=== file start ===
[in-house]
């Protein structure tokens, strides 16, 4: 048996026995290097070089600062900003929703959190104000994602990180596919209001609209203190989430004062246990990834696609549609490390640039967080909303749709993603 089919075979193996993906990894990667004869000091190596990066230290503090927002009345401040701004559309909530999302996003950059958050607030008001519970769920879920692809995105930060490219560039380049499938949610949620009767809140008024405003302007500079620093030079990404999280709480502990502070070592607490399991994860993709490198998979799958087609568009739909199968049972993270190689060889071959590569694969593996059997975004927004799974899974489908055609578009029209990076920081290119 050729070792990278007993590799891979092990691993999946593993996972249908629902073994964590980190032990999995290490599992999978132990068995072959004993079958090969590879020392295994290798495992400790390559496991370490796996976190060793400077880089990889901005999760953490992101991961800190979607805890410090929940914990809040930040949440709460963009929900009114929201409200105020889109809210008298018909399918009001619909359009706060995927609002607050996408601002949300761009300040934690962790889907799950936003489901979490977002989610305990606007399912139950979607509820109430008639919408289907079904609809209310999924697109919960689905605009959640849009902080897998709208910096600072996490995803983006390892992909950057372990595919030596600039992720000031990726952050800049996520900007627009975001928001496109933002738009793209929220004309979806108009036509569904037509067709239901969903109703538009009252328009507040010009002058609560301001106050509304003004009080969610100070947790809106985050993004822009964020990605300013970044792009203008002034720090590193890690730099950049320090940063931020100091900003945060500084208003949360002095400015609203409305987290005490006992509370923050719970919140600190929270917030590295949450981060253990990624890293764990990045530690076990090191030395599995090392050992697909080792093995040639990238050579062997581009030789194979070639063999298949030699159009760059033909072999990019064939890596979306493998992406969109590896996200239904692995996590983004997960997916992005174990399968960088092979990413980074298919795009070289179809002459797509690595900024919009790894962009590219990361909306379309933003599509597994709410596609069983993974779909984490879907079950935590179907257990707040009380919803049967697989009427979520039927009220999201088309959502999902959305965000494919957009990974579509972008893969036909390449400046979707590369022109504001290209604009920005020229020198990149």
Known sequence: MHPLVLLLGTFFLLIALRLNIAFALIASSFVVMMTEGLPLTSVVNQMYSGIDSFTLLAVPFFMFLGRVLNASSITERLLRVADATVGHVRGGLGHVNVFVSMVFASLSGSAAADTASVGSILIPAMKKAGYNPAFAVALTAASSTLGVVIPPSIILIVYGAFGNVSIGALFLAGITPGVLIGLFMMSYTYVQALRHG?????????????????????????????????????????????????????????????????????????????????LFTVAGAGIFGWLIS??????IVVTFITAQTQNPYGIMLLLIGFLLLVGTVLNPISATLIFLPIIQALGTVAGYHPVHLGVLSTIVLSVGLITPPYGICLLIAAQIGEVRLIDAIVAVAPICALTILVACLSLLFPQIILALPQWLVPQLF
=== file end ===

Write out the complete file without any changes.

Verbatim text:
[in-house]
């Protein structure tokens, strides 16, 4: 048996026995290097070089600062900003929703959190104000994602990180596919209001609209203190989430004062246990990834696609549609490390640039967080909303749709993603 089919075979193996993906990894990667004869000091190596990066230290503090927002009345401040701004559309909530999302996003950059958050607030008001519970769920879920692809995105930060490219560039380049499938949610949620009767809140008024405003302007500079620093030079990404999280709480502990502070070592607490399991994860993709490198998979799958087609568009739909199968049972993270190689060889071959590569694969593996059997975004927004799974899974489908055609578009029209990076920081290119 050729070792990278007993590799891979092990691993999946593993996972249908629902073994964590980190032990999995290490599992999978132990068995072959004993079958090969590879020392295994290798495992400790390559496991370490796996976190060793400077880089990889901005999760953490992101991961800190979607805890410090929940914990809040930040949440709460963009929900009114929201409200105020889109809210008298018909399918009001619909359009706060995927609002607050996408601002949300761009300040934690962790889907799950936003489901979490977002989610305990606007399912139950979607509820109430008639919408289907079904609809209310999924697109919960689905605009959640849009902080897998709208910096600072996490995803983006390892992909950057372990595919030596600039992720000031990726952050800049996520900007627009975001928001496109933002738009793209929220004309979806108009036509569904037509067709239901969903109703538009009252328009507040010009002058609560301001106050509304003004009080969610100070947790809106985050993004822009964020990605300013970044792009203008002034720090590193890690730099950049320090940063931020100091900003945060500084208003949360002095400015609203409305987290005490006992509370923050719970919140600190929270917030590295949450981060253990990624890293764990990045530690076990090191030395599995090392050992697909080792093995040639990238050579062997581009030789194979070639063999298949030699159009760059033909072999990019064939890596979306493998992406969109590896996200239904692995996590983004997960997916992005174990399968960088092979990413980074298919795009070289179809002459797509690595900024919009790894962009590219990361909306379309933003599509597994709410596609069983993974779909984490879907079950935590179907257990707040009380919803049967697989009427979520039927009220999201088309959502999902959305965000494919957009990974579509972008893969036909390449400046979707590369022109504001290209604009920005020229020198990149």
Known sequence: MHPLVLLLGTFFLLIALRLNIAFALIASSFVVMMTEGLPLTSVVNQMYSGIDSFTLLAVPFFMFLGRVLNASSITERLLRVADATVGHVRGGLGHVNVFVSMVFASLSGSAAADTASVGSILIPAMKKAGYNPAFAVALTAASSTLGVVIPPSIILIVYGAFGNVSIGALFLAGITPGVLIGLFMMSYTYVQALRHG?????????????????????????????????????????????????????????????????????????????????LFTVAGAGIFGWLIS??????IVVTFITAQTQNPYGIMLLLIGFLLLVGTVLNPISATLIFLPIIQALGTVAGYHPVHLGVLSTIVLSVGLITPPYGICLLIAAQIGEVRLIDAIVAVAPICALTILVACLSLLFPQIILALPQWLVPQLF